We live in an instant analysis society.
Our current culture is such that we are in a hurry to determine the meaning of certain events. When something happens, we dispatch experts from various fields and charge them with the task to determine why something happened and what it will mean for our future. Much of journalism today, especially on cable news networks, is built around this model.
Think about some of the analysis surrounding several events from just this week. What will be the impact of Pope Benedict XVII’s resignation? What will it mean for the Catholic Church? Why did he resign? Who will be the next pope? How will the sequester affect the stock markets by the end of the year? What does it mean for consumers? Will our taxes go up? Why did Kentucky lose to Arkansas? What does this mean for its NCAA chances? What does this mean for John Calipari’s future?
Forget trying to understand the details that make up each of these events. We are more interested in what these events mean and how they will affect us.
Of course, the same can be true of how we try to understand things from the perspective of our faith in Christ. Just as our friends in the media seek to analyze events for future significance, we seek to understand events that happen in our world, communities, and personal lives and try to discern what they mean for our faith in God and for what God might be saying to us.
Trying to understand the world and the communities we live in is important to our witness of Christ’s love. This type of analysis helps us to discern what it means to live out our mission of sharing the truth of the Christian message with others. For instance, we can all see how our culture is changing. This ranges from postmodernism’s tendency to not accept basic truths, while also a move to a more wired and connected world. The church has to ask itself how it can faithfully share the message of Christ in this culture. This is a question the church must always be willing to answer, and we have great examples to guide us. For instance, St. Patrick improvised his evangelistic practices to better reach the Celtics in Ireland.
There is also another way we seek to understand current events. That is by determining whether a certain event brings about God’s judgment. Sometimes we have the tendency to look at an event and wonder if it means God has shown favor or disfavor to a person or group of individuals.
It is this type of cultural analysis that we see in our passage from Luke 13:1-9. Here, Luke tells us of how Jesus was informed about a horrible act of violence committed by Pontius Pilate against a group of Galileans. Luke reports that they were murdered at the Temple and their blood was mixed with the sacrificial blood. This is the only recorded instance of this event in Scripture and historical references do not give us many clues in understanding when this event took place. From what we know of Pilate, this event fits with his demeanor as a ruthless and violent leader. Jewish first-century historian Josephus tells us of an instance where Pilate’s ruthlessness was on display. Pilate, Josephus wrote, sought to use the Temple’s money to pay for the Roman Aqueducts. This caused an uproar amongst the people. To quell the rebellion, Pilate ordered his soldiers to dress in the people’s clothing and then beat them when ordered. This lead to multiple deaths and injuries and ultimately ended the revolt.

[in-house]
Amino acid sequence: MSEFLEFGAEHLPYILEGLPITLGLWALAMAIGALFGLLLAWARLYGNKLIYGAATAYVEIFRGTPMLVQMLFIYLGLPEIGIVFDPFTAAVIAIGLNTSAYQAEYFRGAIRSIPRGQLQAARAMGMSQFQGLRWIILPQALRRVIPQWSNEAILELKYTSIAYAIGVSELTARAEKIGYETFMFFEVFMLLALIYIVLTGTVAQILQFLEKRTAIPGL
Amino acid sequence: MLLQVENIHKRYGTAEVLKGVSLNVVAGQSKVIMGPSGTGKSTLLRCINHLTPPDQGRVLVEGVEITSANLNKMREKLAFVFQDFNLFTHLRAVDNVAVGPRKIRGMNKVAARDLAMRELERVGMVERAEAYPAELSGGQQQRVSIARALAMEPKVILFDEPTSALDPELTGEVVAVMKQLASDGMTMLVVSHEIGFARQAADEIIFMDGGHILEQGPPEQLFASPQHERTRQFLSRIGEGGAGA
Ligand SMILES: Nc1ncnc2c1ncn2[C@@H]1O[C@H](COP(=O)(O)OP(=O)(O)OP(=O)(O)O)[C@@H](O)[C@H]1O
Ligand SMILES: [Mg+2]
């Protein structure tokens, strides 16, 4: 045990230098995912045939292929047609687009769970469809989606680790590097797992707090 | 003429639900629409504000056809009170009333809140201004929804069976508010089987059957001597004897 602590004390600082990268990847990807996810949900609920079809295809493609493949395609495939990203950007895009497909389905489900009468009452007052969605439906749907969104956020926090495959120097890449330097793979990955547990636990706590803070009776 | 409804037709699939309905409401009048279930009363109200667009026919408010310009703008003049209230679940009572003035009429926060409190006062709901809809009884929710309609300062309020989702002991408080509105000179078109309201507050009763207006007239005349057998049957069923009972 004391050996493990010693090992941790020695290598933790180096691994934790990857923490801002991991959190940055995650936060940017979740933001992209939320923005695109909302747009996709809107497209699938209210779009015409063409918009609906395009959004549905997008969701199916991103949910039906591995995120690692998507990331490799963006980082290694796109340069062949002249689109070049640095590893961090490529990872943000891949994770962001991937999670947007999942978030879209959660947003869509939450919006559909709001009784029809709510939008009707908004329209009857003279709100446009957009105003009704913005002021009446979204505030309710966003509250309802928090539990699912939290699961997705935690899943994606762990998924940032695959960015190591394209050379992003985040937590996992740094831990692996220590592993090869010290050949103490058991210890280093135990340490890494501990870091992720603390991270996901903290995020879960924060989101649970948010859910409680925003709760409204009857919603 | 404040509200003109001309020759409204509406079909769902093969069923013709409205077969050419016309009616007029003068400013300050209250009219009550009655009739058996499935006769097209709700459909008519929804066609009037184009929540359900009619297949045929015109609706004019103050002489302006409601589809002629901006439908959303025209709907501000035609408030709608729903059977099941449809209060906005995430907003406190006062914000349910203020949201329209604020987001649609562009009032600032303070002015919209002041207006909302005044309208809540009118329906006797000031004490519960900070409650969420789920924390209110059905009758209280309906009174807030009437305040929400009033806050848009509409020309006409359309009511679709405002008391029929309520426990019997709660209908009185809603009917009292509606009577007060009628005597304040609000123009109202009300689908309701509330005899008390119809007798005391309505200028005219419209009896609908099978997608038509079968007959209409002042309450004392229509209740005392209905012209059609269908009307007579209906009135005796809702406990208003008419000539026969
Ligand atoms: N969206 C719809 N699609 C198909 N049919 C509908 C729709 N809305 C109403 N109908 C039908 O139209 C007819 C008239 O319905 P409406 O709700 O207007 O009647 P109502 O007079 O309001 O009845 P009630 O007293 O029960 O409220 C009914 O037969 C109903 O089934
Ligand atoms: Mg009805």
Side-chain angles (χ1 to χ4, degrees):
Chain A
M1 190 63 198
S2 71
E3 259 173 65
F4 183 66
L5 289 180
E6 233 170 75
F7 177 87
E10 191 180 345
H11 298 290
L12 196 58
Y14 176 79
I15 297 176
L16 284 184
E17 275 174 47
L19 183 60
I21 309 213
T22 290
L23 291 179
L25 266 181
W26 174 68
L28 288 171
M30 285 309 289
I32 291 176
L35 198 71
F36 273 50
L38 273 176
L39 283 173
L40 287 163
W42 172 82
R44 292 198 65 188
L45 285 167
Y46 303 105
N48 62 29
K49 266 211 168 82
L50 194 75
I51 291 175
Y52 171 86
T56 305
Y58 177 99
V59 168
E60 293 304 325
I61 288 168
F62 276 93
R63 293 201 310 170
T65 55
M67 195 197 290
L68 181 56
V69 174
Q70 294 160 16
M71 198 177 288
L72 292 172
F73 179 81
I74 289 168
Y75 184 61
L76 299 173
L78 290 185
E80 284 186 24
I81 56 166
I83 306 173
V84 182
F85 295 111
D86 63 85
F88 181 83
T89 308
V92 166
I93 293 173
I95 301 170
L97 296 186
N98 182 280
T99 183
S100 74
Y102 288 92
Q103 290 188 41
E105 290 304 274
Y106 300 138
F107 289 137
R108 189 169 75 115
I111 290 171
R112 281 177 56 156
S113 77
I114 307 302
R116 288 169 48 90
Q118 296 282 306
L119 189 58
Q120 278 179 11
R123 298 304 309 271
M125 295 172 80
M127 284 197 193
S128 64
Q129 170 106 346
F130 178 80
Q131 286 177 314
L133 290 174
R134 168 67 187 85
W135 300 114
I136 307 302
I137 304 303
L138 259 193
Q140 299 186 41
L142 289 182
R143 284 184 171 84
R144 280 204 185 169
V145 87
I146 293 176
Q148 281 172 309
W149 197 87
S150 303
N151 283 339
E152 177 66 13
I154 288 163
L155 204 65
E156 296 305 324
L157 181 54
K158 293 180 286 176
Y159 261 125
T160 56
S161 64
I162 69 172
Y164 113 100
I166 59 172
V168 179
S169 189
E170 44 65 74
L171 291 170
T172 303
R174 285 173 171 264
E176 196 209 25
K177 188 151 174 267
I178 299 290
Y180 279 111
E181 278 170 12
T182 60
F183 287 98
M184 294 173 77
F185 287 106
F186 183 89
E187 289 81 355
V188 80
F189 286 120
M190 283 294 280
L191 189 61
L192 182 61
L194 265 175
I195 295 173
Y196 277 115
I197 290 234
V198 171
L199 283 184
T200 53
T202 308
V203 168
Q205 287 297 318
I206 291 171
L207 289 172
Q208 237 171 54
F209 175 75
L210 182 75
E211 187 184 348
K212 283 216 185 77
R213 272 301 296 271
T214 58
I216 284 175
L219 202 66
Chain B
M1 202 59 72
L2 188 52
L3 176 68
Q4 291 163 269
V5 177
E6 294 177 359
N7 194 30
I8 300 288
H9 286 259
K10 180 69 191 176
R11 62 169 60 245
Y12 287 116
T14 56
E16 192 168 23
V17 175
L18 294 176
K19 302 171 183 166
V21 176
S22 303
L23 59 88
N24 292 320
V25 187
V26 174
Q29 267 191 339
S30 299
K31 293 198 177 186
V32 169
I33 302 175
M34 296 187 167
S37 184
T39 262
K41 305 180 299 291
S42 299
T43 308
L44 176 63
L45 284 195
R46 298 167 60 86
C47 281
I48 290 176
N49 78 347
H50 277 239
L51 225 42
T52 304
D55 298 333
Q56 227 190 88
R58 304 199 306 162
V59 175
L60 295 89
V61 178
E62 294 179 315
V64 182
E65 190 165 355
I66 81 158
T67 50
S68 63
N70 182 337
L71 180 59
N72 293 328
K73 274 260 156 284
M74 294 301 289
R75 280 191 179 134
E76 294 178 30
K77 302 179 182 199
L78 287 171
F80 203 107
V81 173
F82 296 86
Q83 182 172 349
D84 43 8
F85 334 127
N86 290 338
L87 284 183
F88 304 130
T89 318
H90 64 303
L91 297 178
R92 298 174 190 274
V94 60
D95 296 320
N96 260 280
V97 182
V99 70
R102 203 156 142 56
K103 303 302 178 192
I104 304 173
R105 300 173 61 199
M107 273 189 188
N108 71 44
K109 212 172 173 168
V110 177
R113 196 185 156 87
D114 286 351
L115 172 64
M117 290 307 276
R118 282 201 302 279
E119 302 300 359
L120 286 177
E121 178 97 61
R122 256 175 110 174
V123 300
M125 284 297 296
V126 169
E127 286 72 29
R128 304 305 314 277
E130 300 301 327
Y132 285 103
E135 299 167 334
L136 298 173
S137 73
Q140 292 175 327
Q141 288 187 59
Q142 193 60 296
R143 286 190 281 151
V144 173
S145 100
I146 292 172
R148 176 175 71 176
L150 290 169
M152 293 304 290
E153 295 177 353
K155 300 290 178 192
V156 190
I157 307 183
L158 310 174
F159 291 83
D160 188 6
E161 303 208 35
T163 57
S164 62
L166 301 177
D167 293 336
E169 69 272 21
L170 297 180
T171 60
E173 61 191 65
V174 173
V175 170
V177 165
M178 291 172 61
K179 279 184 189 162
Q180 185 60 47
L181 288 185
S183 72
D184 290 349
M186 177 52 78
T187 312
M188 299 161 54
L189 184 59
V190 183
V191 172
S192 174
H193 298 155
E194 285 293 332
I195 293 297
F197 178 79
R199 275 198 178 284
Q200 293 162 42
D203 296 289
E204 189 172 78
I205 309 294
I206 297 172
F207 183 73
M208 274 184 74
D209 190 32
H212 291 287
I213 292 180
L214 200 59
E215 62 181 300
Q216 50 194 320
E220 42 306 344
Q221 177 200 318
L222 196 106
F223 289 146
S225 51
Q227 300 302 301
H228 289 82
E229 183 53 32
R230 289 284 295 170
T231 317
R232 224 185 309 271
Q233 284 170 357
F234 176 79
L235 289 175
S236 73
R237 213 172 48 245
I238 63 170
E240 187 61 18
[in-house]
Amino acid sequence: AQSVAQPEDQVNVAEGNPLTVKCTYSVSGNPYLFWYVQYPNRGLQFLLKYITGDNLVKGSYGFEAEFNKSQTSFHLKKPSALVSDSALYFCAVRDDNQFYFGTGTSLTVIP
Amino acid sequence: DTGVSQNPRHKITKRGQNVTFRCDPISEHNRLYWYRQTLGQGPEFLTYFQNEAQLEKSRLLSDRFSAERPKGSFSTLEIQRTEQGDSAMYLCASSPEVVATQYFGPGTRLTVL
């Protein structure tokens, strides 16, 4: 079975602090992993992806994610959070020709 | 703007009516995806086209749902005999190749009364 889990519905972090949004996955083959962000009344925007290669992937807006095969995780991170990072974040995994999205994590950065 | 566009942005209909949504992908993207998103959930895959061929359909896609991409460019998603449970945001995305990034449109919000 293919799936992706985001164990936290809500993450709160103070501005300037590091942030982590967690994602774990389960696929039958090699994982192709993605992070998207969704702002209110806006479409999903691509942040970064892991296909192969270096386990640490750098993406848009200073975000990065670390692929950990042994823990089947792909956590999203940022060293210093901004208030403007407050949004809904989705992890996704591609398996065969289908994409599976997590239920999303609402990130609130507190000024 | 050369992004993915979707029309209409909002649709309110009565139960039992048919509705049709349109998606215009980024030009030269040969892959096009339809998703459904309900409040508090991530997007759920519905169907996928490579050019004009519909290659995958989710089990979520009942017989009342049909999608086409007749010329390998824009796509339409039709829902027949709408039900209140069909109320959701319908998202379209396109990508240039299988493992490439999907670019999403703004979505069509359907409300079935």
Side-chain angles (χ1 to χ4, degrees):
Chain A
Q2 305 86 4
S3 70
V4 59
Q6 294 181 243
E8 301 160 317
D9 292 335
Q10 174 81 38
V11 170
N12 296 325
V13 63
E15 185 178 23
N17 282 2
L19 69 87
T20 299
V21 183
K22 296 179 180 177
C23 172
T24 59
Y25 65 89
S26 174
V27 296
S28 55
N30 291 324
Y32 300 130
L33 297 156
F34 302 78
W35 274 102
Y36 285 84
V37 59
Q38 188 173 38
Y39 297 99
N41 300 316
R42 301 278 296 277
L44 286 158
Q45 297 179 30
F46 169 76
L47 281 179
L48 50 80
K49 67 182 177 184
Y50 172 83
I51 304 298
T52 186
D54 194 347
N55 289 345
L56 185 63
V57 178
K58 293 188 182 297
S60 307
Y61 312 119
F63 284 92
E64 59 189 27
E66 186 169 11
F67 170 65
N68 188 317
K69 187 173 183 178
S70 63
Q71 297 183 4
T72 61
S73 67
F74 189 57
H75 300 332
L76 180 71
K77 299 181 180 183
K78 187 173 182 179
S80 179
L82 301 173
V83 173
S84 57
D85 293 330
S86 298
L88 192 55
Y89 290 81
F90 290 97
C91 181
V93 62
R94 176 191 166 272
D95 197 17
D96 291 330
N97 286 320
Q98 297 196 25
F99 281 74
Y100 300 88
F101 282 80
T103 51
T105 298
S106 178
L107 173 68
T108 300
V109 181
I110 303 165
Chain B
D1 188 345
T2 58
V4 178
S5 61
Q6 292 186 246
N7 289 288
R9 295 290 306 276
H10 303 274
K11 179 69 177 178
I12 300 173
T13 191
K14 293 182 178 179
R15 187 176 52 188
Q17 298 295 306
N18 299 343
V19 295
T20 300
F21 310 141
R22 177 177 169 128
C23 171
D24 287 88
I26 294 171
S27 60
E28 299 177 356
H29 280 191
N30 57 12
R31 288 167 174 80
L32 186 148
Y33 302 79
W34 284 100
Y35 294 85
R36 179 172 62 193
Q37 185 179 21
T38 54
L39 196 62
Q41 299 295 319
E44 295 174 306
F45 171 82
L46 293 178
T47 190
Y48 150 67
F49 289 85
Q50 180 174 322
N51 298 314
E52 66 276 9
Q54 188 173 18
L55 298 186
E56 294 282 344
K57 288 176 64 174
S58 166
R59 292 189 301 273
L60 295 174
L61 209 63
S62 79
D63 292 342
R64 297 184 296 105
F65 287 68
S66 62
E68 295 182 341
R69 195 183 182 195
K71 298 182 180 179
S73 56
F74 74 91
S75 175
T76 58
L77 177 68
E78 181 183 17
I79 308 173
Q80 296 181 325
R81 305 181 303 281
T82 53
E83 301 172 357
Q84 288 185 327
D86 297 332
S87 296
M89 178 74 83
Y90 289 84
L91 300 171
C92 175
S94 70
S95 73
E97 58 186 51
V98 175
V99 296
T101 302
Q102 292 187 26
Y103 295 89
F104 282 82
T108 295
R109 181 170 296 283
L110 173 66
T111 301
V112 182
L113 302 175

The way Jesus is presented with this interaction makes it seem that he is being asked to comment on it. He is perhaps being asked by Galileans, who were journeying with Jesus on his trip to Jerusalem for the Passover, if there was any reason that would have led to their untimely death. Was God trying to punish them? Jesus does offer an analysis of what happened, but not in the way the people then, or us today, expected. What he says, however, might inspire us as we seek to grow closer to Christ.
Jesus says there was nothing about the Galileans that made them more sinful than others. He is responding to perhaps the people’s questions that wondered if these Galileans were sinful and, thus, recipients of God’s judgment. Jesus says this is not the case. He says their sin was not the reason for this violence. The same is true for another event Jesus references, when 18 people died when the Tower of Siolam fell. Such as the incident with Pilate, we do not have much to go on with this accident. Jesus connects it to the Galileans and says they too did not deserve this death based on their sinfulness.
In speaking about both events, Jesus takes the opportunity to speak to a greater and more important truth. He says, “unless you repent or your sins and turn to God” you will perish. The death Jesus speaks of is not a death similar to the ones he has discussed. Instead, it is a spiritual death – a death of everlasting separation from the Father’s love. Jesus says what is most important is not trying to figure out whether their sinfulness had anything to do with these events – they did not – but rather to turn away from our own desires and trust in God’s desires for us.